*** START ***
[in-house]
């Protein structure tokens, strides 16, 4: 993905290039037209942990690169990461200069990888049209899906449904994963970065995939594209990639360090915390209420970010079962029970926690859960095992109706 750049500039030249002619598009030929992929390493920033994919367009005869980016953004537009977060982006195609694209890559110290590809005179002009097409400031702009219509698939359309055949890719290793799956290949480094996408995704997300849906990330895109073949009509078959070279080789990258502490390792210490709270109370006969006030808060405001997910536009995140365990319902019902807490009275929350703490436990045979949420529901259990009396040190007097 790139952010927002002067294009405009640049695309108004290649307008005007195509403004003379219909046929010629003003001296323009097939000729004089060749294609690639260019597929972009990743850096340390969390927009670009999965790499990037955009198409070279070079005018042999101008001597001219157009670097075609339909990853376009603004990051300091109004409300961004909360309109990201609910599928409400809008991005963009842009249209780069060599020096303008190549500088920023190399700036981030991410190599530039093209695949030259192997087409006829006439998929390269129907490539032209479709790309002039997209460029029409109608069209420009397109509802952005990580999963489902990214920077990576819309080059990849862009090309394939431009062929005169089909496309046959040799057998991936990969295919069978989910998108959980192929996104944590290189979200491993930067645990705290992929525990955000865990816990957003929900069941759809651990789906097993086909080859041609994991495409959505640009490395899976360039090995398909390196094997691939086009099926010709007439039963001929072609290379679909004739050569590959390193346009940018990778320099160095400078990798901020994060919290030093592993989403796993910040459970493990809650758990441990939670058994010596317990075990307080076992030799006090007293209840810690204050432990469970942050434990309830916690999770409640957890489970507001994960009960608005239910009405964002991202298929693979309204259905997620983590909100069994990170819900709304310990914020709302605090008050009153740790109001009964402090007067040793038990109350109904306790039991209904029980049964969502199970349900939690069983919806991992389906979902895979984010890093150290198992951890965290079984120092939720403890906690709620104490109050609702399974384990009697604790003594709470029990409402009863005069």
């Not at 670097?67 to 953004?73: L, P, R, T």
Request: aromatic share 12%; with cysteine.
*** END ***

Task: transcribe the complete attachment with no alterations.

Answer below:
[in-house]
């Protein structure tokens, strides 16, 4: 993905290039037209942990690169990461200069990888049209899906449904994963970065995939594209990639360090915390209420970010079962029970926690859960095992109706 750049500039030249002619598009030929992929390493920033994919367009005869980016953004537009977060982006195609694209890559110290590809005179002009097409400031702009219509698939359309055949890719290793799956290949480094996408995704997300849906990330895109073949009509078959070279080789990258502490390792210490709270109370006969006030808060405001997910536009995140365990319902019902807490009275929350703490436990045979949420529901259990009396040190007097 790139952010927002002067294009405009640049695309108004290649307008005007195509403004003379219909046929010629003003001296323009097939000729004089060749294609690639260019597929972009990743850096340390969390927009670009999965790499990037955009198409070279070079005018042999101008001597001219157009670097075609339909990853376009603004990051300091109004409300961004909360309109990201609910599928409400809008991005963009842009249209780069060599020096303008190549500088920023190399700036981030991410190599530039093209695949030259192997087409006829006439998929390269129907490539032209479709790309002039997209460029029409109608069209420009397109509802952005990580999963489902990214920077990576819309080059990849862009090309394939431009062929005169089909496309046959040799057998991936990969295919069978989910998108959980192929996104944590290189979200491993930067645990705290992929525990955000865990816990957003929900069941759809651990789906097993086909080859041609994991495409959505640009490395899976360039090995398909390196094997691939086009099926010709007439039963001929072609290379679909004739050569590959390193346009940018990778320099160095400078990798901020994060919290030093592993989403796993910040459970493990809650758990441990939670058994010596317990075990307080076992030799006090007293209840810690204050432990469970942050434990309830916690999770409640957890489970507001994960009960608005239910009405964002991202298929693979309204259905997620983590909100069994990170819900709304310990914020709302605090008050009153740790109001009964402090007067040793038990109350109904306790039991209904029980049964969502199970349900939690069983919806991992389906979902895979984010890093150290198992951890965290079984120092939720403890906690709620104490109050609702399974384990009697604790003594709470029990409402009863005069």
């Not at 670097?67 to 953004?73: L, P, R, T």
Request: aromatic share 12%; with cysteine.